The Game-Changing Trick You Need To Use On Store-Bought Hummus

Ina Garten, the celebrity chef who hosts Food Network's "Barefoot Contessa" always says, "Store-bought is fine," but when it comes to hummus, that's not always the case. Inspired Taste explains hummus is a tasty dip, traditionally made by using chickpeas, tahini, lemon, garlic, cumin, salt, and a drizzle of olive oil. Per Spruce Eats, hummus has been a part of the Mediterranean diet for centuries. It is a food that has been claimed by many cultures, but historians believe its origin story most likely began in Egypt. 

Regardless, this spread has become so ubiquitous you can purchase mass produced versions at your local grocery store. In fact, according to the Nebo Agency, hummus started having its moment in the United States in 1986 when the makers of Sabra, which is now the largest commercial producer of this dip, first stepped into this market space. Their initial plan was to simply market their product to Israelis living in the U.S., but hummus soon found itself quite popular with Americans. 

Fast forward to 2018, and per NPR, Americans spent $800 million on hummus. However, if you are a fan of the store-bought version of hummus but find its texture a little less than creamy when you take it out of the fridge, we have a game-changing trick.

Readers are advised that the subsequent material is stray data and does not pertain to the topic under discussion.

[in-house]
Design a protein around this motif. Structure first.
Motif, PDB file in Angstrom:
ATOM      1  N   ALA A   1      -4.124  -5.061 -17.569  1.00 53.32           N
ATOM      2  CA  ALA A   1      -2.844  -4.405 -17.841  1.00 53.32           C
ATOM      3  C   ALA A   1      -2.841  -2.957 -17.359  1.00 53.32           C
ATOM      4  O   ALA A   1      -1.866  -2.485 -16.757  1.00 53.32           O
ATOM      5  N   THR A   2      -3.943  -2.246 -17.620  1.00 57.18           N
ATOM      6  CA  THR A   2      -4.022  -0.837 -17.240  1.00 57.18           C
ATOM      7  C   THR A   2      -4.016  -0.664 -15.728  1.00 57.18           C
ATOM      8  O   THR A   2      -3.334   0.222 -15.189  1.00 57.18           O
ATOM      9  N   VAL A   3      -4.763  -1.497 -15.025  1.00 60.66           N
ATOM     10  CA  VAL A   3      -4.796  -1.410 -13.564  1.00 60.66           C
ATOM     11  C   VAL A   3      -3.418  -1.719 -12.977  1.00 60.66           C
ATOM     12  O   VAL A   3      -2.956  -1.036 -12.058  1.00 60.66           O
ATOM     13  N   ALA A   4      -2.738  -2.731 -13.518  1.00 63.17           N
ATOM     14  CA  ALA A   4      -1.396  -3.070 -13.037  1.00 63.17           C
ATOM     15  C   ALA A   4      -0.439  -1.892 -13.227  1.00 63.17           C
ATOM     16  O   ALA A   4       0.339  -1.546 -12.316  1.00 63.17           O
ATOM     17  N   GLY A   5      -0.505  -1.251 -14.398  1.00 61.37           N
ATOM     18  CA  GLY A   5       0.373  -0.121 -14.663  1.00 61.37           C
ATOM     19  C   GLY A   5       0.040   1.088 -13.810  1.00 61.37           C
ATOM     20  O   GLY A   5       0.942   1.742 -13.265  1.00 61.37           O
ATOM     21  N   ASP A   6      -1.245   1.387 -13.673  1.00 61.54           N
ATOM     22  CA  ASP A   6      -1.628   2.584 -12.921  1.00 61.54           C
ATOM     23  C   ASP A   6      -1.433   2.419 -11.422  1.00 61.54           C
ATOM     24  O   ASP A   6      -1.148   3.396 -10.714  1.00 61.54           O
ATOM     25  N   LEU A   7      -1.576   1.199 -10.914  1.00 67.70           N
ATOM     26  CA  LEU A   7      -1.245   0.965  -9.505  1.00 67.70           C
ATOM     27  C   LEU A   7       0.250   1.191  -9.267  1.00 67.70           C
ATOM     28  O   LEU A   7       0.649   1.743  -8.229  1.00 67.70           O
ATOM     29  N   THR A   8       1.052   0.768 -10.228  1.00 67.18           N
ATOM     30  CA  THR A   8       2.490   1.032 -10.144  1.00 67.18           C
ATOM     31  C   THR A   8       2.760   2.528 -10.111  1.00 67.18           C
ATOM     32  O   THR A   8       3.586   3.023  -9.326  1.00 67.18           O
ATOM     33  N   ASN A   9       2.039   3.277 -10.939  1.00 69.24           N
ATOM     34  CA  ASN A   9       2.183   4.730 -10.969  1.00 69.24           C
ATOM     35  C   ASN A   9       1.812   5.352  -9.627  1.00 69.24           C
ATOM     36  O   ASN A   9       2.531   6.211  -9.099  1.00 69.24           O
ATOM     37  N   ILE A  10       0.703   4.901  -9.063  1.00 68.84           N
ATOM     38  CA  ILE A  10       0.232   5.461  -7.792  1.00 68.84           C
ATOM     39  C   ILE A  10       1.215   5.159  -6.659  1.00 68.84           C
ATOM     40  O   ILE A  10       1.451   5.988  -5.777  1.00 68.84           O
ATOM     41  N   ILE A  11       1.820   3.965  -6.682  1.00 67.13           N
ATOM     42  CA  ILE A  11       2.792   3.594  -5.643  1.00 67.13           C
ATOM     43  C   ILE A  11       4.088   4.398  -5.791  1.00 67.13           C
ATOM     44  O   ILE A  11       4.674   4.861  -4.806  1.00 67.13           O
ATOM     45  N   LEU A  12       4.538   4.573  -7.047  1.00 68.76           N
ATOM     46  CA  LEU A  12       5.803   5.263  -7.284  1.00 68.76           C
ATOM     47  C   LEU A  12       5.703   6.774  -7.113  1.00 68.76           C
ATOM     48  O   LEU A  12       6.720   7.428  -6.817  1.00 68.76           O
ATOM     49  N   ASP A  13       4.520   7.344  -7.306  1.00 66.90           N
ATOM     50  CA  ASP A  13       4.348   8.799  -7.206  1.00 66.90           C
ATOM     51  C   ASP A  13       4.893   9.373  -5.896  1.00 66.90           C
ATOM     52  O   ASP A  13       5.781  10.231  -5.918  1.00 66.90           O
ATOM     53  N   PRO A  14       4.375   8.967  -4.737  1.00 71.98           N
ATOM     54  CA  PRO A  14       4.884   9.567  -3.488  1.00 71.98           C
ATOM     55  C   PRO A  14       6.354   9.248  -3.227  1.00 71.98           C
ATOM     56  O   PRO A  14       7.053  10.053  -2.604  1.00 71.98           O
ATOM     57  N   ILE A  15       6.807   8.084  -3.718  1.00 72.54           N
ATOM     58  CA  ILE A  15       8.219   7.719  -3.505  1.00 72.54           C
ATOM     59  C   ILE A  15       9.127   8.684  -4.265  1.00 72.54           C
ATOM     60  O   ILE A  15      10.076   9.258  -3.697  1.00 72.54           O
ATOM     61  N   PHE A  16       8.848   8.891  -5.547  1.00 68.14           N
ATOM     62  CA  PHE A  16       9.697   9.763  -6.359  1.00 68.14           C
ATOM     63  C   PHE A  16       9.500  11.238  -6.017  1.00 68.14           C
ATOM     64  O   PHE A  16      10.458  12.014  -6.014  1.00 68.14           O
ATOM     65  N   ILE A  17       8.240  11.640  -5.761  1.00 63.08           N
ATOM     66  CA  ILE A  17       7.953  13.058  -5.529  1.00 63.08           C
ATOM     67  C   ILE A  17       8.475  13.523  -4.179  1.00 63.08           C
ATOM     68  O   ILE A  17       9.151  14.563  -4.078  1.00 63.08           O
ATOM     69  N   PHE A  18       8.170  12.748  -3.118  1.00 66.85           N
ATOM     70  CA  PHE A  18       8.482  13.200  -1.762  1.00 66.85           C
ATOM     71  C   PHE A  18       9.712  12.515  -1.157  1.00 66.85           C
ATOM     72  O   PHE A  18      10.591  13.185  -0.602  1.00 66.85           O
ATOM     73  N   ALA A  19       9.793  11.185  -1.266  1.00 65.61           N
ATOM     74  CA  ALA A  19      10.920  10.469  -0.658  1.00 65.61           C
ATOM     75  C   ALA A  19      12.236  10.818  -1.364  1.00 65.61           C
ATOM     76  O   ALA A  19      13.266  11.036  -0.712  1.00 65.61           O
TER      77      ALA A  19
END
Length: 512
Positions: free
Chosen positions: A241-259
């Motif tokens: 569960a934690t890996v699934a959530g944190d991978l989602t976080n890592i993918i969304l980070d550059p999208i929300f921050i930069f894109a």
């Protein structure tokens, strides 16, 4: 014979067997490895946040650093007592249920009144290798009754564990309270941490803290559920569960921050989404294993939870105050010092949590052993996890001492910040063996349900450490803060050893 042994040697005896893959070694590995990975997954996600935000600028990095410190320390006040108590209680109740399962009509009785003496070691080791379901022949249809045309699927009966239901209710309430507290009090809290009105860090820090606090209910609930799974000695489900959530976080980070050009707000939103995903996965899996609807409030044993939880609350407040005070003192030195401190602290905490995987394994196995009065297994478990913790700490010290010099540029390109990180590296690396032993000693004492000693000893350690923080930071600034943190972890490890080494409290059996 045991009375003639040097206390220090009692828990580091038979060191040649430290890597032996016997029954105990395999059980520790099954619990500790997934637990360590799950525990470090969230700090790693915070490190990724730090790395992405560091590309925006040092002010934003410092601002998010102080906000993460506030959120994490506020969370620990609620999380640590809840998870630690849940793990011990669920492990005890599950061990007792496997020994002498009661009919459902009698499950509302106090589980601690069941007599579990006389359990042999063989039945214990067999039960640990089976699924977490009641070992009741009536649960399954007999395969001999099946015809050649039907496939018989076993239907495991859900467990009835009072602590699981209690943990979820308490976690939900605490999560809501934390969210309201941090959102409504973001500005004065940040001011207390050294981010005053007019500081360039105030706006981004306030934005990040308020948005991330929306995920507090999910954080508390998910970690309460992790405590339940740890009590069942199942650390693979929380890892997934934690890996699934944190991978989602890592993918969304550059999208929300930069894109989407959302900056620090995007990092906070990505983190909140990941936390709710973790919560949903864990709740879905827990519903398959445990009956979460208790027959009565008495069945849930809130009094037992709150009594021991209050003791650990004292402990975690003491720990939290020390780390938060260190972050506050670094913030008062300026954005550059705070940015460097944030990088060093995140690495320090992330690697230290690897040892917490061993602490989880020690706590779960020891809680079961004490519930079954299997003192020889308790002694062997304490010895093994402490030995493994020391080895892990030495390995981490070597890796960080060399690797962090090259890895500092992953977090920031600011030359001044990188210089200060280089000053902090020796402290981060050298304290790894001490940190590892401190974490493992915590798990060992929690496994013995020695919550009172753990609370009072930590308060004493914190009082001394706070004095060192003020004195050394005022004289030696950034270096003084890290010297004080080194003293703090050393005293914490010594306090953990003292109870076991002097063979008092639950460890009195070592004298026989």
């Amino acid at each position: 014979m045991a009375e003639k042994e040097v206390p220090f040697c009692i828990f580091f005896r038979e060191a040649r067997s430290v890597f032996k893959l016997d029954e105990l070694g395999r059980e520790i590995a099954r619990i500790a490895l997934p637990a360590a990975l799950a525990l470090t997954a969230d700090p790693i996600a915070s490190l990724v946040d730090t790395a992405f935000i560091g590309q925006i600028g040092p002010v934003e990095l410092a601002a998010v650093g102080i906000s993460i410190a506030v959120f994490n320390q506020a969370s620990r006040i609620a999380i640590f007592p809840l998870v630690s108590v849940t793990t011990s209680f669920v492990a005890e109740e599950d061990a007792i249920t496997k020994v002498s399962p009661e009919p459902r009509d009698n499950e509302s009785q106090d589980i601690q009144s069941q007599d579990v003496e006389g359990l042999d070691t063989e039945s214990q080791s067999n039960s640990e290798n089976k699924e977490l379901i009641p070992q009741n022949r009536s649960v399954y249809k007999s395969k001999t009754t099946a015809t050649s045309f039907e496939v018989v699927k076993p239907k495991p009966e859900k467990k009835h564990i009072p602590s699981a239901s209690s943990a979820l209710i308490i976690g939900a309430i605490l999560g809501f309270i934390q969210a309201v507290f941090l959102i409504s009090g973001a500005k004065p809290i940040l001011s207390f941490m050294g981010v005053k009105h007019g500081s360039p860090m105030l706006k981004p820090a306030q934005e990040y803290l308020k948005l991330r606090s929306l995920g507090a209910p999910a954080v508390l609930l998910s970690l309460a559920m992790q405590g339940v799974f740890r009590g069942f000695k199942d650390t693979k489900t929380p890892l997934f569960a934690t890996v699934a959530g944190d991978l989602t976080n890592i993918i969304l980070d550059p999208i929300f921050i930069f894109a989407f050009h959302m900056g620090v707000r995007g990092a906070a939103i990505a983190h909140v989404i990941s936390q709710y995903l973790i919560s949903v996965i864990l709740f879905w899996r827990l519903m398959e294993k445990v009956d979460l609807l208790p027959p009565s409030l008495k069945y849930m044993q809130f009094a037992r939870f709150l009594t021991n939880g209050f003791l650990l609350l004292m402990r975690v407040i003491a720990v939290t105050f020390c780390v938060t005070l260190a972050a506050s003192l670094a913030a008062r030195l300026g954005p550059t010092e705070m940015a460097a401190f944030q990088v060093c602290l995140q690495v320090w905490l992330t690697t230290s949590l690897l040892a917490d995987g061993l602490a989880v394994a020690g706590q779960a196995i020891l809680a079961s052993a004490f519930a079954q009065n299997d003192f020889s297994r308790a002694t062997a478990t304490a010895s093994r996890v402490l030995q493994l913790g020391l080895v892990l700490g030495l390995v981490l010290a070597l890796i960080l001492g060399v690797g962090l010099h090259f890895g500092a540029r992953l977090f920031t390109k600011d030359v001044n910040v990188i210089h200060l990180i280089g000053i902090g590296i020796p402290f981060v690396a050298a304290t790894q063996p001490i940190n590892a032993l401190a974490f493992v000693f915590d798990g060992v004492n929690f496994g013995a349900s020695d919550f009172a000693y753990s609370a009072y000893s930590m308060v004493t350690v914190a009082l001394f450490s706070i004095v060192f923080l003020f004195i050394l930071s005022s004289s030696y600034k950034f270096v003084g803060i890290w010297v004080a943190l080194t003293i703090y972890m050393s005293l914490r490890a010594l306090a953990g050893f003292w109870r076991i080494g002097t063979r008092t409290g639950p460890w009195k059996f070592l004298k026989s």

It will give your hummus a smooth texture

While homemade hummus may be preferable, sometimes you just don't have time to make it and Garten is right: Store bought really is fine. But you may notice that your store bought hummus can be a little thicker than when you make it yourself. The Washington Post explains that this happens in part because hummus is not meant to be refrigerated. It is meant to be made and consumed same day. However, the outlet revealed that you can solve this problem with the microwave and a little hot water, or if you happen to have some leftover aquafaba, which is leftover liquid from cooked chickpeas. 

How does it work? The Food Guys recommend using a couple of teaspoons of water and heating your hummus for short 10-second intervals until you achieve your taste bud's desired consistency. Another trick for sprucing up your grocery store hummus involves Greek yogurt. Per Food 52, you can also take a couple of tablespoons of plain Greek yogurt and add it to your store bought hummus to give it that smooth, delicious texture that is synonymous with this dip.